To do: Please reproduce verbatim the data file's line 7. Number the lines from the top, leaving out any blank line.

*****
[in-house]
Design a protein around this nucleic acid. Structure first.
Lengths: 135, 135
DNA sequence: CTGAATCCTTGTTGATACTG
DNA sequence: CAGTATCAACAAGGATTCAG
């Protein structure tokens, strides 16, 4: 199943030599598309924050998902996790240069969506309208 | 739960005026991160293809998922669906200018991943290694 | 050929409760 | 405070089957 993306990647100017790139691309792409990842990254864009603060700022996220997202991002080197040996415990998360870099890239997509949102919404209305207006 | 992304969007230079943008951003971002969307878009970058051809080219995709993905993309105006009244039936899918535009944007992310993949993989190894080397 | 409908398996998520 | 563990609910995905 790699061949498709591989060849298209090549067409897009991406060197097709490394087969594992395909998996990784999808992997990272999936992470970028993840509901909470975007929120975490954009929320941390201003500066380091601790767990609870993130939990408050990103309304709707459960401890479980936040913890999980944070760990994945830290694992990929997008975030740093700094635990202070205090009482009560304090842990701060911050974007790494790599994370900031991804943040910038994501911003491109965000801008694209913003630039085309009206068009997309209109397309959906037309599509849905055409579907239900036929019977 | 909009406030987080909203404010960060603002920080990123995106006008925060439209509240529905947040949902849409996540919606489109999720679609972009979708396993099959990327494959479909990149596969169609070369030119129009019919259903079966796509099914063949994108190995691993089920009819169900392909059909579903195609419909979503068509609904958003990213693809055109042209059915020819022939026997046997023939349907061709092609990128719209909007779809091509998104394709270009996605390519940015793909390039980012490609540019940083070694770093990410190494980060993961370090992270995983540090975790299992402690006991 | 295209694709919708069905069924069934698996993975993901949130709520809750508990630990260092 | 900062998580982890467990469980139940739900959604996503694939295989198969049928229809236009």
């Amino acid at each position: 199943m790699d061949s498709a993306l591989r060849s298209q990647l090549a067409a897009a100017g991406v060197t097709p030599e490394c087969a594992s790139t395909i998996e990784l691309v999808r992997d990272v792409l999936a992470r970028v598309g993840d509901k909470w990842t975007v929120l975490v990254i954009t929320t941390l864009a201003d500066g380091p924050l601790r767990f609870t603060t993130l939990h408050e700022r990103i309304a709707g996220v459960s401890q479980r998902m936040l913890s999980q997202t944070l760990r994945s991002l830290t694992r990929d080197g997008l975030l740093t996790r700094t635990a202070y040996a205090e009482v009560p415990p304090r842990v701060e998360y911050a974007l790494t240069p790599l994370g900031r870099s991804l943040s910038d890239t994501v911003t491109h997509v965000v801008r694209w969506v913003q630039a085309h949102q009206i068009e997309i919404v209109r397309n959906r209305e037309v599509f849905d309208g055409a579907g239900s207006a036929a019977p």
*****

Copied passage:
């Amino acid at each position: 199943m790699d061949s498709a993306l591989r060849s298209q990647l090549a067409a897009a100017g991406v060197t097709p030599e490394c087969a594992s790139t395909i998996e990784l691309v999808r992997d990272v792409l999936a992470r970028v598309g993840d509901k909470w990842t975007v929120l975490v990254i954009t929320t941390l864009a201003d500066g380091p924050l601790r767990f609870t603060t993130l939990h408050e700022r990103i309304a709707g996220v459960s401890q479980r998902m936040l913890s999980q997202t944070l760990r994945s991002l830290t694992r990929d080197g997008l975030l740093t996790r700094t635990a202070y040996a205090e009482v009560p415990p304090r842990v701060e998360y911050a974007l790494t240069p790599l994370g900031r870099s991804l943040s910038d890239t994501v911003t491109h997509v965000v801008r694209w969506v913003q630039a085309h949102q009206i068009e997309i919404v209109r397309n959906r209305e037309v599509f849905d309208g055409a579907g239900s207006a036929a019977p």